Individual-Specific and Atlas-Based Functional Connectivity Predicts Symptom Severity in Alzheimer’s Disease Participants from the ADNI Dataset

Researchers have identified a potential new biomarker for Alzheimer’s disease, according to a new study published in the journal NeuroImage: Clinical. The biomarker in question is functional connectivity, or the way in which different regions of the brain communicate with one another. While previous studies had shown that there is often a decrease in local connectivity in the brains of Alzheimer’s patients, the current study goes further in examining connectivity between different regions of the brain, and how this connectivity is affected by the presence of a genetic risk factor for Alzheimer’s, namely the APOE ε4 allele.

The researchers used data from the Alzheimer’s Disease Neuroimaging Initiative, focusing on participants who had been assessed for symptom severity, and underwent both T1-weighted and resting-state functional MRI at phases 2 and 3 of the study. Participants were divided into two groups based on whether or not they were APOE ε4 carriers, and participants with ε2 alleles were excluded. Ultimately, the researchers were left with a group of 235 participants (120 APOE ε4 carriers and 115 non-carriers) for analysis.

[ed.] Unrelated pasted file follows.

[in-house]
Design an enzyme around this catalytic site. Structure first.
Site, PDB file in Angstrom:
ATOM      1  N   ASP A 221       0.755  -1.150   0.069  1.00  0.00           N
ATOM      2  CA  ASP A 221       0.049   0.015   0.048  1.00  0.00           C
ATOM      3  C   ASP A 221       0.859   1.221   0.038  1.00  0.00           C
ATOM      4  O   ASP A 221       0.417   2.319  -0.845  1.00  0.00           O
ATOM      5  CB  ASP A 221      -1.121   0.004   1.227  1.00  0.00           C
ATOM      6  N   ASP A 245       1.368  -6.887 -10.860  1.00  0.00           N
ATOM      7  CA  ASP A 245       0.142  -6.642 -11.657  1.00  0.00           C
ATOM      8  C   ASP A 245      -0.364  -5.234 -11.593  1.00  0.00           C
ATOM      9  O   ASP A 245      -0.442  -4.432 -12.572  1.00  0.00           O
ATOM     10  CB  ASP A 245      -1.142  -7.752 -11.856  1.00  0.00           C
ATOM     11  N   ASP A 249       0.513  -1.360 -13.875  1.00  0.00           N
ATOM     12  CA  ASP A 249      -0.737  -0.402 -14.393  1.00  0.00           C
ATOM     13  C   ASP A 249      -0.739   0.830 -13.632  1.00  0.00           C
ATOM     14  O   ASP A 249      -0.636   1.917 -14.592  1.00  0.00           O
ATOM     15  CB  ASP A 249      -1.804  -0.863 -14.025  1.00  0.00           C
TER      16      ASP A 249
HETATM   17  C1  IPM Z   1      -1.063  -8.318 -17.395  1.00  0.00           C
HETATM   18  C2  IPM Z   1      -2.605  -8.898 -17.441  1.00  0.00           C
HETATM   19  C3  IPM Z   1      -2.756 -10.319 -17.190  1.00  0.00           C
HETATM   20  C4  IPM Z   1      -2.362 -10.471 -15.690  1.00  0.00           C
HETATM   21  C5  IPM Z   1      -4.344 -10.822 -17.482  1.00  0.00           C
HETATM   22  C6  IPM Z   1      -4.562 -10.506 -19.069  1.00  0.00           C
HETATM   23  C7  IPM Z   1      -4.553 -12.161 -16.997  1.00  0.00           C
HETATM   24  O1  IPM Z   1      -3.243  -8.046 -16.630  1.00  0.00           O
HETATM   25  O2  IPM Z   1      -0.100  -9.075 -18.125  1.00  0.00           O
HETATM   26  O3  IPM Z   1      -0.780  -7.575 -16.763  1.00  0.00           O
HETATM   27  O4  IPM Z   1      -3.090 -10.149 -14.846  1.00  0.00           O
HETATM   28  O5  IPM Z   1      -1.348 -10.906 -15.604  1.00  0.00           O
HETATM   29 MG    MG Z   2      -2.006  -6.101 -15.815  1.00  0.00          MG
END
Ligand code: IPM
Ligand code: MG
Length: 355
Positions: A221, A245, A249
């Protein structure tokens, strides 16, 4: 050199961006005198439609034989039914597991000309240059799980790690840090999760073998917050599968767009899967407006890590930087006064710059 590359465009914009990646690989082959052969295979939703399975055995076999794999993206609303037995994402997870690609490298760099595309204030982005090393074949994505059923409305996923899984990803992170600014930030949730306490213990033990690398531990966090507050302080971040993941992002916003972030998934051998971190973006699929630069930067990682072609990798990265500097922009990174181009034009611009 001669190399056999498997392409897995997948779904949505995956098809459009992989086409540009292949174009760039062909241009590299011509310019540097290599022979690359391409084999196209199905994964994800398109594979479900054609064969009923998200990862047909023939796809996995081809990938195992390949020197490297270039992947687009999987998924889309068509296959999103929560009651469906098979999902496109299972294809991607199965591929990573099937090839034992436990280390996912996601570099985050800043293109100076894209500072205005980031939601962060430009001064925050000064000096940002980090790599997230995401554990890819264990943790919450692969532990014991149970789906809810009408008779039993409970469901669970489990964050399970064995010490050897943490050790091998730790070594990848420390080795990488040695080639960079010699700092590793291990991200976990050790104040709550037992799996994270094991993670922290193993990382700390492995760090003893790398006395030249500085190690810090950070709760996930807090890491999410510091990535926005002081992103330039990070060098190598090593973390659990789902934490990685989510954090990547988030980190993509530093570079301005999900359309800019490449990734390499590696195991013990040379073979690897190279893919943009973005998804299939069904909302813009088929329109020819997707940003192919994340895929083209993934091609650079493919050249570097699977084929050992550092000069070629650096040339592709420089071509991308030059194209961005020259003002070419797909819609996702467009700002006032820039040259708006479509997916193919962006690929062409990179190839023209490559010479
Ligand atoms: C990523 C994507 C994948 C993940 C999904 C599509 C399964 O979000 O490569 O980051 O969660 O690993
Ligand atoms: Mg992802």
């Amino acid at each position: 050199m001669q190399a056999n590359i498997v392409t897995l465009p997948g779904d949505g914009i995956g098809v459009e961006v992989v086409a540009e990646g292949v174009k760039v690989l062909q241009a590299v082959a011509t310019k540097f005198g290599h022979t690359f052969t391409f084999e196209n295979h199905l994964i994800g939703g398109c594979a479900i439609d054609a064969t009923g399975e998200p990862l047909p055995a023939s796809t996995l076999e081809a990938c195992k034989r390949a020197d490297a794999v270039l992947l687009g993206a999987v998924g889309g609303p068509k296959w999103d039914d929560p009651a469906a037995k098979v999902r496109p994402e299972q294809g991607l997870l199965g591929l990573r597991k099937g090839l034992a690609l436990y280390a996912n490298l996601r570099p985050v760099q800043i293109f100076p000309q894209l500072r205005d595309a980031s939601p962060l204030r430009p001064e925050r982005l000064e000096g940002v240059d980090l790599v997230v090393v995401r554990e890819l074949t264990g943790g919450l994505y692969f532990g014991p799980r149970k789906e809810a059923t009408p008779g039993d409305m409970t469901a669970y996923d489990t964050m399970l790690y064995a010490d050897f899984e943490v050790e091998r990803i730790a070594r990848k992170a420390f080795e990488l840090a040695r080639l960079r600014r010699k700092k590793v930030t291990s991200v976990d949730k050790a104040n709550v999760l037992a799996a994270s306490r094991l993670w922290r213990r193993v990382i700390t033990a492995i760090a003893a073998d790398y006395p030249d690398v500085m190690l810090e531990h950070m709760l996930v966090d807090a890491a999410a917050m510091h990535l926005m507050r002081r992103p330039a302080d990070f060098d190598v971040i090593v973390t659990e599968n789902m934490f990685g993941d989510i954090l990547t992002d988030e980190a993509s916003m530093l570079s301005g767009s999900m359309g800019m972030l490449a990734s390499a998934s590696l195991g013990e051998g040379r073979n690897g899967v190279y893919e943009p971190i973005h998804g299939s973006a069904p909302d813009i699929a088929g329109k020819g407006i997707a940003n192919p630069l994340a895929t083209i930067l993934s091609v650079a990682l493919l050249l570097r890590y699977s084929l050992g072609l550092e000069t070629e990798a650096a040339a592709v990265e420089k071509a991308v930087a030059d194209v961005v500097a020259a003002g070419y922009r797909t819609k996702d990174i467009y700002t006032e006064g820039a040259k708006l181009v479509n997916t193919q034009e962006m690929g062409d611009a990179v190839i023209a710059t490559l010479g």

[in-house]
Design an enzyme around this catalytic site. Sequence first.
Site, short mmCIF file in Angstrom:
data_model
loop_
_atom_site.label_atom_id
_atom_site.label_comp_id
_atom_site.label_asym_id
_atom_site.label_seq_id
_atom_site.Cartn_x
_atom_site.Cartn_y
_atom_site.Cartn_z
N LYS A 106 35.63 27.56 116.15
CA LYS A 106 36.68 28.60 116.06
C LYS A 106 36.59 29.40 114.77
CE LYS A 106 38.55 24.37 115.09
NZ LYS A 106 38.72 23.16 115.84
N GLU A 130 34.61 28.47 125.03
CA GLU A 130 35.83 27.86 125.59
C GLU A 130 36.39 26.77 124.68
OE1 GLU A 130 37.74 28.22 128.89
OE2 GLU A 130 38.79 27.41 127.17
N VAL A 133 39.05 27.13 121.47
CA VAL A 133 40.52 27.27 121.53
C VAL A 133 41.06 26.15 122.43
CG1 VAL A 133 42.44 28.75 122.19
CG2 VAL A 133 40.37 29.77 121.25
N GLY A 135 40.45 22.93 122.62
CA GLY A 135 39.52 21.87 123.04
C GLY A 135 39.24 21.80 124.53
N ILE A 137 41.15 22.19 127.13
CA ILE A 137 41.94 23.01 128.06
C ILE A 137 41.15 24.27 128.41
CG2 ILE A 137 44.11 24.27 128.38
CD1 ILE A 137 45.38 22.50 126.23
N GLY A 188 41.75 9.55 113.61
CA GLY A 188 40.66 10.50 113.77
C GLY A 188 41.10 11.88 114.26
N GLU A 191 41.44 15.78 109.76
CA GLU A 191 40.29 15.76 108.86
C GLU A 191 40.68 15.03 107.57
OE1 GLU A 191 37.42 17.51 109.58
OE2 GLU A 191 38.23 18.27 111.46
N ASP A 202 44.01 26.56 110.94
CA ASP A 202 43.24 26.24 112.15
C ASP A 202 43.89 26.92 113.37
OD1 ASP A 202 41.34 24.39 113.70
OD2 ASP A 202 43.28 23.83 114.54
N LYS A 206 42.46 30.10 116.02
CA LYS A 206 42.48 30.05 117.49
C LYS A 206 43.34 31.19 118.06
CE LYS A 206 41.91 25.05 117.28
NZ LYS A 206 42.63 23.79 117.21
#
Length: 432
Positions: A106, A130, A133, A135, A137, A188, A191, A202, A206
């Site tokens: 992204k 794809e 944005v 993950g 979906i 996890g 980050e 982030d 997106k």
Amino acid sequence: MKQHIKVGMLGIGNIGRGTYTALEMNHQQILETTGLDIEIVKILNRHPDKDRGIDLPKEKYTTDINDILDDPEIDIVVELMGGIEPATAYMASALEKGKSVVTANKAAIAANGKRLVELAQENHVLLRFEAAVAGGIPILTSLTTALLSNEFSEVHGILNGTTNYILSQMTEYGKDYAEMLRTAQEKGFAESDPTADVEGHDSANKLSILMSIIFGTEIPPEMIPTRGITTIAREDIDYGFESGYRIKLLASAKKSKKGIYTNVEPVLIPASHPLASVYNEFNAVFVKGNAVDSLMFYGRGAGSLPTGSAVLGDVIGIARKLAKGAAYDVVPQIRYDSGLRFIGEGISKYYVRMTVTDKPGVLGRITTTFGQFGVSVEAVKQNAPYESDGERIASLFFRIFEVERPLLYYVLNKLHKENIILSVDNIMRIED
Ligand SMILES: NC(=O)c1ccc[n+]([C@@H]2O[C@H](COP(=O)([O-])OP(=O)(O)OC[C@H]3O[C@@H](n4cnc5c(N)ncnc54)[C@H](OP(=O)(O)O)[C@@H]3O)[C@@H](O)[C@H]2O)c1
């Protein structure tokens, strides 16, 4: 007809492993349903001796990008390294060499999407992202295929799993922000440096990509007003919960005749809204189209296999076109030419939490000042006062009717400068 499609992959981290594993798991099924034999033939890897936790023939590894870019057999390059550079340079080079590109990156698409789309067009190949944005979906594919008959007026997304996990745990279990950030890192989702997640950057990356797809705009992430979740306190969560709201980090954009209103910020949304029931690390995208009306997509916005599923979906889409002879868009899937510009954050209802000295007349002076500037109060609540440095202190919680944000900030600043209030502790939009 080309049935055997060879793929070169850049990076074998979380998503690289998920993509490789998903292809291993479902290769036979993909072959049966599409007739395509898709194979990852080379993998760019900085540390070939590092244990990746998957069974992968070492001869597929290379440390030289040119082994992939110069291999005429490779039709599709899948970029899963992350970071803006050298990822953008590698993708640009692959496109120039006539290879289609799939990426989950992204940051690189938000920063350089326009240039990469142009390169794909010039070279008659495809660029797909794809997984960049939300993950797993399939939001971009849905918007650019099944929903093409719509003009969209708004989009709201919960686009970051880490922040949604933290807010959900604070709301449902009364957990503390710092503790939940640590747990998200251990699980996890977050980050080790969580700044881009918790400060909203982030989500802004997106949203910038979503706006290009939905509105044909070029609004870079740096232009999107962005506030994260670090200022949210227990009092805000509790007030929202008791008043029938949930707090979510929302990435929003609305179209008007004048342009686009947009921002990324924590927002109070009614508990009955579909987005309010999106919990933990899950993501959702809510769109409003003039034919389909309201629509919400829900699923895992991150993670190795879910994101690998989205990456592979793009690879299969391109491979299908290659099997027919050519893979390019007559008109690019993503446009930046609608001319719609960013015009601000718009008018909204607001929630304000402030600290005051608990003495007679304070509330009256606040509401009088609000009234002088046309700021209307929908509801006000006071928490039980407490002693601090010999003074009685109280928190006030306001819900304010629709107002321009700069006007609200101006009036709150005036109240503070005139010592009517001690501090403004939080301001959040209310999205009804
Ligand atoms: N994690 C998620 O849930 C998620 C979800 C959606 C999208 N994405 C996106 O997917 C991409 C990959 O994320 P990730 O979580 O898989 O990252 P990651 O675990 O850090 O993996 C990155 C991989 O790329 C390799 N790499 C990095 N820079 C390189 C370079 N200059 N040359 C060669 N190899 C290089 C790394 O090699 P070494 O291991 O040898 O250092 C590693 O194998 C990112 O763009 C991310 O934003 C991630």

To measure functional connectivity, the researchers used a technique that involved mapping individual participants’ cortical functional networks, which were matched with an atlas of 116 cortical regions of interest (ROIs). Connections between different ROIs were classified as being either within-network or between-network, depending on whether they connected two ROIs in the same or different networks, respectively.

The researchers found that APOE ε4 carriers had significantly lower connectivity compared to APOE ε4 non-carriers, both within and between networks. They also found that lower within-network connectivity was associated with more severe symptoms, as measured by cognitive impairment scores. The researchers suggest that this connectivity measure could provide a new biomarker for Alzheimer’s disease, which is not only more informative than previous biomarkers, but could also be used to identify people at risk of Alzheimer’s before the onset of symptoms.

Leave a Reply

Your email address will not be published. Required fields are marked *

This site uses Akismet to reduce spam. Learn how your comment data is processed.

Recent News

Editor's Pick